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The 'Resend' issue.

 
lekurwale amol
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Hi,
I had been browsing for the cache issue for quite a long time and found a common solution of 'no-cache' and 'Expires' etc.
Even though I tried all these, I still have the famous 'Resend?' issue. The browser actually stores the form data and when you press refresh, it asks if you want to resend and if you say yes., it does. I dont think there is any solution to stop the browser from storing the form data.
My requirement is a different one. As said above, the browser stores form data. Now, there are specialized tools available, which can recover the cache on the client. Note : Your server cannot do anything in such a case.
My question : How to stop the browser from storing form data, so that those tools will not recover such data from client.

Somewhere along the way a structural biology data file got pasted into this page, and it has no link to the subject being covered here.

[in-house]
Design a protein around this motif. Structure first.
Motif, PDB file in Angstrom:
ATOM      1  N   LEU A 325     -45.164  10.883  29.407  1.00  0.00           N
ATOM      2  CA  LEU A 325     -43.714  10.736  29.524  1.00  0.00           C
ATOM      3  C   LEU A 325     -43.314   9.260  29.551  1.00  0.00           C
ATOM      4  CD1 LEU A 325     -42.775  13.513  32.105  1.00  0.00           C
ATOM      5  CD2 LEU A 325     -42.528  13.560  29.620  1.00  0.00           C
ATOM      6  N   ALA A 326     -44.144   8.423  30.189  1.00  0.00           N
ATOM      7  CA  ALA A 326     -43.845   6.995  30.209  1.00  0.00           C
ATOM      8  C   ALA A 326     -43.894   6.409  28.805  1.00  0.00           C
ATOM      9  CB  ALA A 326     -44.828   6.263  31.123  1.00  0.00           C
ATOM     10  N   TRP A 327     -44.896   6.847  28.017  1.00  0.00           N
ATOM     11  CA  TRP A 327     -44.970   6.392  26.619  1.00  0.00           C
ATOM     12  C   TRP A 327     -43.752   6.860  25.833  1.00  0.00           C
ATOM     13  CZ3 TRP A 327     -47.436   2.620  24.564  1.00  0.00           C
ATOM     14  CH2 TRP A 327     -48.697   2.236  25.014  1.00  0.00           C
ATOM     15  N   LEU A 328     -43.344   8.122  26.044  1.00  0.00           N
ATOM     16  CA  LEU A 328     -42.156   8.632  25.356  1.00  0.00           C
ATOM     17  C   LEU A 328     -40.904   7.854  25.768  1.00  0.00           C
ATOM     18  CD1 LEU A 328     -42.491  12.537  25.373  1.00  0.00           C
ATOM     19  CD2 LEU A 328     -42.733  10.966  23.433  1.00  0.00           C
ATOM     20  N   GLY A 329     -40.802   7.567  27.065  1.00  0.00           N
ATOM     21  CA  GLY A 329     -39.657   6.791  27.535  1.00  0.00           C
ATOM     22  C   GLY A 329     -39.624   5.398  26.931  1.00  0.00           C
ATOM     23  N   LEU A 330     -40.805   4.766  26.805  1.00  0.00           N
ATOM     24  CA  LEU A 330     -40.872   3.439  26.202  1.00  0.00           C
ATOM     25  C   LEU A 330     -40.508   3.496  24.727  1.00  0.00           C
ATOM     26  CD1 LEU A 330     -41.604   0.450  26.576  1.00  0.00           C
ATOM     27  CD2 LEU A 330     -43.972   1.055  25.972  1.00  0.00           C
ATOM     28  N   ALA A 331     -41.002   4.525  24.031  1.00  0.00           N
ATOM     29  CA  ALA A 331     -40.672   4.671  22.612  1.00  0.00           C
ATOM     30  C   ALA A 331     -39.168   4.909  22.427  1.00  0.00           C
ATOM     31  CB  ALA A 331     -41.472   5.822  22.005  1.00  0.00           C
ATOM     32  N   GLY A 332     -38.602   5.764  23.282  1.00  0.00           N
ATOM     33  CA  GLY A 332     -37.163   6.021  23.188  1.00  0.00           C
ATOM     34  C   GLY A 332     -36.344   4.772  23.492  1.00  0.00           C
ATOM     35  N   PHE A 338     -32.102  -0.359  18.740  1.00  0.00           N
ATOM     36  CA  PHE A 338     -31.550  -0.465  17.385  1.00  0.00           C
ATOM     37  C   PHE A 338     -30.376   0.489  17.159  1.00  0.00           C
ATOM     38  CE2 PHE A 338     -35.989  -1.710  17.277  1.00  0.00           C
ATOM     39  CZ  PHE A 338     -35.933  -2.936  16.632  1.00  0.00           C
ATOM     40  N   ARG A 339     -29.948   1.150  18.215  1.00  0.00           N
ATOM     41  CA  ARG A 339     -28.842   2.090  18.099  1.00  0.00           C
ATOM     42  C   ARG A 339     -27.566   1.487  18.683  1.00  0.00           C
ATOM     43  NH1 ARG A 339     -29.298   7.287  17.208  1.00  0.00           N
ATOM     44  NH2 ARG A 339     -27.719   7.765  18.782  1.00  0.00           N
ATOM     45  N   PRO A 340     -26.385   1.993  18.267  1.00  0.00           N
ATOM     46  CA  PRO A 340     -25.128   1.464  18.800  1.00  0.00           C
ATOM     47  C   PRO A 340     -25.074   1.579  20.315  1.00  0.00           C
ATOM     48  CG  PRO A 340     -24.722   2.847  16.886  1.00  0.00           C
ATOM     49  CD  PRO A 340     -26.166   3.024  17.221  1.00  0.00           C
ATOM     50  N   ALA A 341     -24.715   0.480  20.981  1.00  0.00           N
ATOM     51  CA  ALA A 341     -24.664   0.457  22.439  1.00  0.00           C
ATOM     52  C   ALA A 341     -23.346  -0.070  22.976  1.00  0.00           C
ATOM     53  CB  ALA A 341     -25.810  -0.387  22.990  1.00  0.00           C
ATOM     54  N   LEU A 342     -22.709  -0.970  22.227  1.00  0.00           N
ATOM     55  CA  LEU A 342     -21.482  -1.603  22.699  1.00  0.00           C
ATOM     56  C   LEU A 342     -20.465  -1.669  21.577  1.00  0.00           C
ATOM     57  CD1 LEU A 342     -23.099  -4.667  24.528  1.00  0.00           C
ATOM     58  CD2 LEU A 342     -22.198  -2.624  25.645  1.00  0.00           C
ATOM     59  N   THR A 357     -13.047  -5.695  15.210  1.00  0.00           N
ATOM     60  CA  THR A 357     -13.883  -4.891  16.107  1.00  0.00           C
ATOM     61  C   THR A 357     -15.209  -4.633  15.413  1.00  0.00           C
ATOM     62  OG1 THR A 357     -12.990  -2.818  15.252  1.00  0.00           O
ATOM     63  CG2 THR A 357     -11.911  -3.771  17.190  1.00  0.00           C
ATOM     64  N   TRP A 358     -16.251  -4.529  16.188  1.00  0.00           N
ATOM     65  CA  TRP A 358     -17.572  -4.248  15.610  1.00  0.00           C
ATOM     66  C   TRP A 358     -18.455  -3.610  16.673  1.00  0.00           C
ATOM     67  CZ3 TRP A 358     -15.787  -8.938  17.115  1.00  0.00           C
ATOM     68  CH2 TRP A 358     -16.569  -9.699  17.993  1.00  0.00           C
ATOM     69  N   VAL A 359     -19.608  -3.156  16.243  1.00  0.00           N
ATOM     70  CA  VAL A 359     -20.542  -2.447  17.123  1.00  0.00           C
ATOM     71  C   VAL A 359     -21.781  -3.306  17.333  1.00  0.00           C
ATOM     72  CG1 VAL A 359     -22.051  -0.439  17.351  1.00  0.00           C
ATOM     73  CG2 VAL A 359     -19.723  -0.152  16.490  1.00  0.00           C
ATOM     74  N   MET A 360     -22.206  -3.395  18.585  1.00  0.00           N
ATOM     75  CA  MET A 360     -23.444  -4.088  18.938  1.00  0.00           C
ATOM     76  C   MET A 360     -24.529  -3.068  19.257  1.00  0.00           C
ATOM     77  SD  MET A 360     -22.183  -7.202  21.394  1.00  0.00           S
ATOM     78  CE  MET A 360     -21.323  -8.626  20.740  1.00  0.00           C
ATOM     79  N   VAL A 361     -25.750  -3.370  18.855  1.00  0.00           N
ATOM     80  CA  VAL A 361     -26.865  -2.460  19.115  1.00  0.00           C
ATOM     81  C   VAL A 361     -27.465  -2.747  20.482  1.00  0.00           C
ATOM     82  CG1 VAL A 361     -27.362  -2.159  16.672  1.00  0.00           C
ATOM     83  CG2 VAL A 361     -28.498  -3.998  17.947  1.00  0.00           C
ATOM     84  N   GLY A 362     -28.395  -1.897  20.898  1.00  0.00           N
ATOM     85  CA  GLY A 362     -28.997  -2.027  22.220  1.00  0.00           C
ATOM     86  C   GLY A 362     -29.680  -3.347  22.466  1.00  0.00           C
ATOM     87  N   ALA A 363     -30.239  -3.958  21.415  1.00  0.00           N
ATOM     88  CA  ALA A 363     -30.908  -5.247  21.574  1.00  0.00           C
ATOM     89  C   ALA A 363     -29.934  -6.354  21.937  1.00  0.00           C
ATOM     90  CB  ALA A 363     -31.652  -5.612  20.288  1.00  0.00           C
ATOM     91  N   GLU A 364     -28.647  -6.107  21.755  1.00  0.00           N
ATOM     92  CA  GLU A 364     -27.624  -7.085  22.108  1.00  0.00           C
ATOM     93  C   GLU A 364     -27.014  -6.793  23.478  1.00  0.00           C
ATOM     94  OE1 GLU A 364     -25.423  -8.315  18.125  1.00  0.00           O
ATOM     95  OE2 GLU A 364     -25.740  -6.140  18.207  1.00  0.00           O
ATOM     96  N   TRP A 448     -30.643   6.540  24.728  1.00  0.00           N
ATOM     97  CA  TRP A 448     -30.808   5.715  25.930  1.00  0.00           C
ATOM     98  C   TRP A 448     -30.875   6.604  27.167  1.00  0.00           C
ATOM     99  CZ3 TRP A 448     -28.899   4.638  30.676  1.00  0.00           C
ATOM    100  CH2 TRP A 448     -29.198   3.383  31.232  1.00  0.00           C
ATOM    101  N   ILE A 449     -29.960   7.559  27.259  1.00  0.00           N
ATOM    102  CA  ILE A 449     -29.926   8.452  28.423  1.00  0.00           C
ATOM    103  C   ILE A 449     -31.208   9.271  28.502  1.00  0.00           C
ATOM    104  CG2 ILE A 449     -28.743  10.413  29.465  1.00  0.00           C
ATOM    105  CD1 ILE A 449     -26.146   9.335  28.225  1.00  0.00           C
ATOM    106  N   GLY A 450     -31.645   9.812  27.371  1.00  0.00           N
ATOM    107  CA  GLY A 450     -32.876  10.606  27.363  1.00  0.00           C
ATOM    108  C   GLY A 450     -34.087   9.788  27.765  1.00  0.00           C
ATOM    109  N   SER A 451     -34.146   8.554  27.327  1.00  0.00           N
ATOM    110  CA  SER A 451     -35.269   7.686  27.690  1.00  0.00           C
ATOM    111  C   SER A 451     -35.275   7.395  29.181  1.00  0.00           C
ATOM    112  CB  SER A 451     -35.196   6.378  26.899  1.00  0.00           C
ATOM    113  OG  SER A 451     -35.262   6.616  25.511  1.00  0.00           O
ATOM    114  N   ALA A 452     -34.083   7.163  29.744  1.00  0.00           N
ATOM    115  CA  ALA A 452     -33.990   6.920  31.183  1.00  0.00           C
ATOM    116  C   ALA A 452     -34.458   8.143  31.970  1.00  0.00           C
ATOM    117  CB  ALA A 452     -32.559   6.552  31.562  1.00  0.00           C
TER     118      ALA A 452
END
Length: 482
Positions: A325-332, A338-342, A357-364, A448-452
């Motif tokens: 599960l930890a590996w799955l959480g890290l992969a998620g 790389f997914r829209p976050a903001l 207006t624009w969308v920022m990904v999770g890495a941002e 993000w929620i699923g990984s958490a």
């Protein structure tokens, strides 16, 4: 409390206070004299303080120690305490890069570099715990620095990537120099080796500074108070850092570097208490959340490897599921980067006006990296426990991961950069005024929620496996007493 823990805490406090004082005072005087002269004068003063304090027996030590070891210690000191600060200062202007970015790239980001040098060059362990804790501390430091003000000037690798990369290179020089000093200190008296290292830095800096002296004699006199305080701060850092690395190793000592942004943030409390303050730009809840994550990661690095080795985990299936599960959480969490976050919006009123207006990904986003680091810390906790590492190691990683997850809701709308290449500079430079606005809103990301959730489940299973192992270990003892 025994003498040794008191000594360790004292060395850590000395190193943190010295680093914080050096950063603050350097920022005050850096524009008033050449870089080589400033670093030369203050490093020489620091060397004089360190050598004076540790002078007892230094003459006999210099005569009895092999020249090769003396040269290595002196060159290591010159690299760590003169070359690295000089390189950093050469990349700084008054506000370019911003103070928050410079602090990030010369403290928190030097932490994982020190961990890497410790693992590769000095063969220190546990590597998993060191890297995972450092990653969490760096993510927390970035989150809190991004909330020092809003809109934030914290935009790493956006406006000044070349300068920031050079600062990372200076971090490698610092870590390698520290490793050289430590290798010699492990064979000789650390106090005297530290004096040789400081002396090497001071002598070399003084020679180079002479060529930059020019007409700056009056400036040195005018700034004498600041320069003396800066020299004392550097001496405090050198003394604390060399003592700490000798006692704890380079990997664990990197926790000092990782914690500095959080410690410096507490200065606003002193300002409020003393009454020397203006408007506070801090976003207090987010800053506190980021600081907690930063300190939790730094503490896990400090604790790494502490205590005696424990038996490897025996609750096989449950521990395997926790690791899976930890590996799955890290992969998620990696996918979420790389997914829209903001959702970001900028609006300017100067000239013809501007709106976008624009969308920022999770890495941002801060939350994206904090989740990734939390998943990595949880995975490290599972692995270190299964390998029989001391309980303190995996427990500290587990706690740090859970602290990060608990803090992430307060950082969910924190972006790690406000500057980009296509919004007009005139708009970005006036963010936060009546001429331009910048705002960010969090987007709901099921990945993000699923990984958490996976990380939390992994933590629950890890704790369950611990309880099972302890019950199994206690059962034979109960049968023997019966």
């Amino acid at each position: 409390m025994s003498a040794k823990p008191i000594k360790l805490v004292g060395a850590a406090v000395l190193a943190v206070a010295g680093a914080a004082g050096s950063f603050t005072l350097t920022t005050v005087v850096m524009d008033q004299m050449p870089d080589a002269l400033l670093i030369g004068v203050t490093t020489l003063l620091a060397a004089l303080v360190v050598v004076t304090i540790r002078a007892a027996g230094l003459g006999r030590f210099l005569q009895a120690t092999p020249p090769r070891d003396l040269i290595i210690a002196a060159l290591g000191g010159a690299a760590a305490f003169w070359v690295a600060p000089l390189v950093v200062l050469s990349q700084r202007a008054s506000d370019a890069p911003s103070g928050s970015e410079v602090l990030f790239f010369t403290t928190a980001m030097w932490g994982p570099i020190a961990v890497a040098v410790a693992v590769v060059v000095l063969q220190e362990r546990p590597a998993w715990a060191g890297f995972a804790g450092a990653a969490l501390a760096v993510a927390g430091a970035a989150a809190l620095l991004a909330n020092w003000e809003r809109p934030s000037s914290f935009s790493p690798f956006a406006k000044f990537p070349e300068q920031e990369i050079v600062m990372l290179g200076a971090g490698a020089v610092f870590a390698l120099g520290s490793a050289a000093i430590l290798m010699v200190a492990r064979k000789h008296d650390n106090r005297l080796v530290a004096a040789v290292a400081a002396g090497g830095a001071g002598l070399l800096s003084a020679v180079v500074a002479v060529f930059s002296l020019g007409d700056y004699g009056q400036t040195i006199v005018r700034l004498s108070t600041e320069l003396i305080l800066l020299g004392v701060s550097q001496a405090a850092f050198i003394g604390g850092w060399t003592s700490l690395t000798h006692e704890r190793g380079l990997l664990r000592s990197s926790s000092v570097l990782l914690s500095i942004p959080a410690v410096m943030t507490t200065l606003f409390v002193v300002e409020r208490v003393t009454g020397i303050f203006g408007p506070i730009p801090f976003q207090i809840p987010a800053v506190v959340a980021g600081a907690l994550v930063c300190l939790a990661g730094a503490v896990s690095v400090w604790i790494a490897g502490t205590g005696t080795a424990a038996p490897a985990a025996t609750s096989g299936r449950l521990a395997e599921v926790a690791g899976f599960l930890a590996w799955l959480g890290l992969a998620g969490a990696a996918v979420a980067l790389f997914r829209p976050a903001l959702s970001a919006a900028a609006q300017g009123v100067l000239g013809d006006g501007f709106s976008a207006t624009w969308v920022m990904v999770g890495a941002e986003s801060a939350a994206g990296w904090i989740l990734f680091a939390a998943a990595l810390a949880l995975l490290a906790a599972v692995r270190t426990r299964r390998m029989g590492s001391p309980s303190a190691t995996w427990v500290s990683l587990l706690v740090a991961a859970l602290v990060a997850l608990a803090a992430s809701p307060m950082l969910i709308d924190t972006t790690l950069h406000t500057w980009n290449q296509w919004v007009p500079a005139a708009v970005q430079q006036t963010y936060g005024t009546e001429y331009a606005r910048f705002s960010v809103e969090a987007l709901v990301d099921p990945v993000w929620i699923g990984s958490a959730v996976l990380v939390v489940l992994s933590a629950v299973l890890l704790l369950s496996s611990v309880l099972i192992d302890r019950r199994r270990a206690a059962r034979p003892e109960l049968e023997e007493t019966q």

I think of a possible solution of encryption using javascript or using ajax.

Regards,
Amol
 
lekurwale amol
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Any updates please.
 
Ulf Dittmer
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I dont think there is any solution to stop the browser from storing the form data.

That can be turned off in the browser settings. If you're asking whether the web app can do anything about that, then the the answer is no.

Why are you worried about this? The client already knows the data, what harm is done by keeping a copy at the client?